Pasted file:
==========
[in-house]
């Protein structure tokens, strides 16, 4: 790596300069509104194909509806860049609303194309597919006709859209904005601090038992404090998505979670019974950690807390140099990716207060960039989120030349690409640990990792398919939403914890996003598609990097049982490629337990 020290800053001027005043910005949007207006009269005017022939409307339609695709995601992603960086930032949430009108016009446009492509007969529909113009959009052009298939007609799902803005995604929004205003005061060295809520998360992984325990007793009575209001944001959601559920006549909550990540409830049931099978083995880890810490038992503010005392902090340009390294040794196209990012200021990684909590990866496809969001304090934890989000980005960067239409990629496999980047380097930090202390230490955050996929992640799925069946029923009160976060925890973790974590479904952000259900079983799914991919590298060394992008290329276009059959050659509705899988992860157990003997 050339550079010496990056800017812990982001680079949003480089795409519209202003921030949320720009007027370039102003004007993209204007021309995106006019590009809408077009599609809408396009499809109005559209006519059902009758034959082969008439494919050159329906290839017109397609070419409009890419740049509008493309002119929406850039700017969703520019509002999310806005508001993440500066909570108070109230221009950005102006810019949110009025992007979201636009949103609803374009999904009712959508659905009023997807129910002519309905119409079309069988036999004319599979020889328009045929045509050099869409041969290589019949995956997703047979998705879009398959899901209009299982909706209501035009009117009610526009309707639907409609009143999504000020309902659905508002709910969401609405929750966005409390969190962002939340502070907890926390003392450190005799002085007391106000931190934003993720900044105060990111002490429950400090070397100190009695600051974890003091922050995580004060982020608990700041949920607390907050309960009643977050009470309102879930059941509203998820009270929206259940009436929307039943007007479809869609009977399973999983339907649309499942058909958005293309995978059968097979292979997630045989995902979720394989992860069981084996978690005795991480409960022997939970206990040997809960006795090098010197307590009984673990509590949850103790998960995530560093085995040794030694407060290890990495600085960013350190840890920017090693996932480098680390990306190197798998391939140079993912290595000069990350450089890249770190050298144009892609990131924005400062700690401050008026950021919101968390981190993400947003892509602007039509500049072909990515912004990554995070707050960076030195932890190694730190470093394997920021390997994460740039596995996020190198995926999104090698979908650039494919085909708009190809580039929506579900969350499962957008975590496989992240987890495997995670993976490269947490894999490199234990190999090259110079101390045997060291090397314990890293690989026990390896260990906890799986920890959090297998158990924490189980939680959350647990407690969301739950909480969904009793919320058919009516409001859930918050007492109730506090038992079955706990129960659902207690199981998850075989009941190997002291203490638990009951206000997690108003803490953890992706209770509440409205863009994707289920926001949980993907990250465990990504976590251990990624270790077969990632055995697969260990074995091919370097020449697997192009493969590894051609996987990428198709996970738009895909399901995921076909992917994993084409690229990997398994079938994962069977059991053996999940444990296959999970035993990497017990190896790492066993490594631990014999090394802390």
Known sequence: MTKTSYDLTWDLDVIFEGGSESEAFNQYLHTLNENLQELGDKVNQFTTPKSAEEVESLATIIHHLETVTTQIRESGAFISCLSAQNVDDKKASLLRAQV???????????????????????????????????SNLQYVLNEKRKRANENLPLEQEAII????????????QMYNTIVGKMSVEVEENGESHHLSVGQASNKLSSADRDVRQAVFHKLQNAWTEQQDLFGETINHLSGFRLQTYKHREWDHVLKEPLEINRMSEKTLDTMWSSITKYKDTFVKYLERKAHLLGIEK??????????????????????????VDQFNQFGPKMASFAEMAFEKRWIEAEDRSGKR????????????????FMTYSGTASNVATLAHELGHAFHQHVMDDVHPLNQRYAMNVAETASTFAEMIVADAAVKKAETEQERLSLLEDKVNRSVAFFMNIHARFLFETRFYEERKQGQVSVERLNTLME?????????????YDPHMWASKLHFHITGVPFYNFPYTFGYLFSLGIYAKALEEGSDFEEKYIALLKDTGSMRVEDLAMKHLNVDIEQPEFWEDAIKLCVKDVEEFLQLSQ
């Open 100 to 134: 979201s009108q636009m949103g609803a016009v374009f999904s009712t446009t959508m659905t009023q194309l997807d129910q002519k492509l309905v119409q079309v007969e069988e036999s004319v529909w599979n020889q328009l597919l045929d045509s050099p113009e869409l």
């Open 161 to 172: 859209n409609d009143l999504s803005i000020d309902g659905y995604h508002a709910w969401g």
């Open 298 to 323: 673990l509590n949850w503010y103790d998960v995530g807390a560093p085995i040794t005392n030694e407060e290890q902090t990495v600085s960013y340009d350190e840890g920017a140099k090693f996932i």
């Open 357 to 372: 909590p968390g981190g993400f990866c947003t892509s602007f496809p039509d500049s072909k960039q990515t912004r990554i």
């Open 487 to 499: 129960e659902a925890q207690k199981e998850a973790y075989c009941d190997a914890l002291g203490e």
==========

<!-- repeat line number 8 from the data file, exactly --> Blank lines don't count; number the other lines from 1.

């Open 487 to 499: 129960e659902a925890q207690k199981e998850a973790y075989c009941d190997a914890l002291g203490e």